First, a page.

News | COMPLE PCI 2021 Virtual
Good PCI Planning with Drug-coated Balloons and FFR Can Limit Long Stents for Diffuse Long CA
Antonio Colombo, MD, calls for shift in planning and angioplasty strategy when stenting complex lesions
Long stents in diffuse long coronary artery disease (CAD) may be the gut reaction for cardiologists during complex percutaneous coronary intervention (PCI), but a more refined approach can help limit stent length and improve outcomes.
"Stenting is appropriate in certain cases such as focal lesions with high peak-to-peak gradient (PPG), but stent implantation cannot be the default approach for all coronary stenosis," said Antonio Colombo, MD (Humanitas Research Hospital, Rozzano, Italy) at COMPLEX PCI 2021 Virtual on Nov. 25." Contemporary interventional cardiology can't translate to PCI for all lesions."
"The immediate results of PCI may be perfect, but it's not rare to see total occlusion with long stents a few years down the road," he added. "Not all coronary stenosis is the same, and angiography isn't always the best tool for decision making. It's also important to distinguish between malignant and benign dissections."
Presenting what Alan C. Yeung, MD (Stanford University School of Medicine, California, USA) called an "innovative" approach to limit stent length where "long stents and worse outcomes are typical," Colombo outlined when and when not to use long stents.
According to the approach, stenting is appropriate for occlusive or advanced dissection performed after predilation with intravascular ultrasound (IVUS). However, drug-coated balloons (DCB) should be used in predilated cases where the pressure gradient is less than 10 mmHg, and an optimal result can be achieved regardless of dissection. Long or focal stents can be used when the pressure gradient exceeds 10 mmHg, and an optimal result is possible with or without dissection.
All pressure gradients should be evaluated for 5 minutes and be stable (<10 mmHg) to qualify for DCB or focal stenting.
"This approach," Colombo said, "is not necessarily to prevent restenosis, which can occur after stenting, but to make coronary disease treatment more physiologically apt in the long term. Drug-coated balloons with FFR evaluation can limit stent length."
Long diffuse coronary lesions (>20 mm) have traditionally posed a challenge to cardiologists due to their risk of in-stent restenosis and poor outcomes. Diffuse CAD accounts for around 20 percent of PCI cases1 and refers to multiple stenoses or long-segment occlusions in the heart.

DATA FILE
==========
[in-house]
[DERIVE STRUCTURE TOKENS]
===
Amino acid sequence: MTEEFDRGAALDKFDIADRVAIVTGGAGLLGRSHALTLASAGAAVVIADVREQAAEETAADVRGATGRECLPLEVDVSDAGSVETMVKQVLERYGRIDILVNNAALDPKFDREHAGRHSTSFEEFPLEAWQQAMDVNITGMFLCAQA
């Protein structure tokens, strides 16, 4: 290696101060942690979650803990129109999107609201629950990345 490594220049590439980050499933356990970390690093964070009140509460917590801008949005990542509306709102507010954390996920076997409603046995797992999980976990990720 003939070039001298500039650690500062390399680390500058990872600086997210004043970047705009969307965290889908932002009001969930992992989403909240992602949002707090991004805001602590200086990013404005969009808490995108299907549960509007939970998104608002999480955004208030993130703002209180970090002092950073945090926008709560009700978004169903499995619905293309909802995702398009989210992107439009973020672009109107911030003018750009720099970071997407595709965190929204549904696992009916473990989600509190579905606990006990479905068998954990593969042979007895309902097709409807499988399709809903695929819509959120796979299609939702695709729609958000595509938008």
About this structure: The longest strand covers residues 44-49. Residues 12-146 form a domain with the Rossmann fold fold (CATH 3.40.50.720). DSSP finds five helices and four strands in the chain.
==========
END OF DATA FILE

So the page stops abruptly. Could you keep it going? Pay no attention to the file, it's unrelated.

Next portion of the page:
The complex condition requires high expertise of the operator as well as multiple stents that raise the risk of complications such as high medication dosage, overlapping stents, and vascular injury that can lead to restenosis and late stent thrombosis. The lesion length is also known as an independent predictor of in-stent restenosis, especially in the era of bare-metal stents (BMS).
PCI for all lesions can't be contemporary interventional cardiology because not all stenosis is the same.
Due to disease complexity, diffuse long CAD reports a higher risk of reoccurring coronary symptoms such as stent thrombosis and restenosis after PCI. Some studies show symptom reoccurrence in 20-30 percent of patients2.
Drug-eluting stents (DES), a new advancement in the PCI landscape, overcame many of the limitations associated with BMS to produce better outcomes and surface as a reasonable strategy for diffuse long CAD. Longer DES stents (>33 mm) can reduce the risk of stent overlap when treating long lesions for better outcomes.
However, the variety of 38 mm stents on the market and the fact that very long lesions still require multiple stents have confounded cardiologists looking for the correct stenting strategy.
Colombo called for a shift in planning and angiography strategy, considering the rate of in-stent restenosis remains relatively high despite dropping to 5 to10 percent in the DES era.3
Generally, the default approach for complex PCI is to put in short stents (<25 mm) in large vessels (>3 mm) with optimized imaging. Stents with imaging optimization are also used in complex PCI with diffuse long coronary disease, including total occlusion.
However, Colombo stressed that "not every dissection requires stenting, indicating the necessity of evaluating malignant and benign dissections and DCB's pressure gradient."
Notably, drug-coated balloons paired with repeat physiological assessment with the Pd/Pa ratio (coronary pressure/aortic pressure) and FFR could comprise a good planning strategy that allows optimal lesion preparation and limits stent length.
An observational trial is underway to examine proximal stenting and distal DCBs for reducing the need for a full metal jacket with a case series completed hopefully by next year, Colombo said.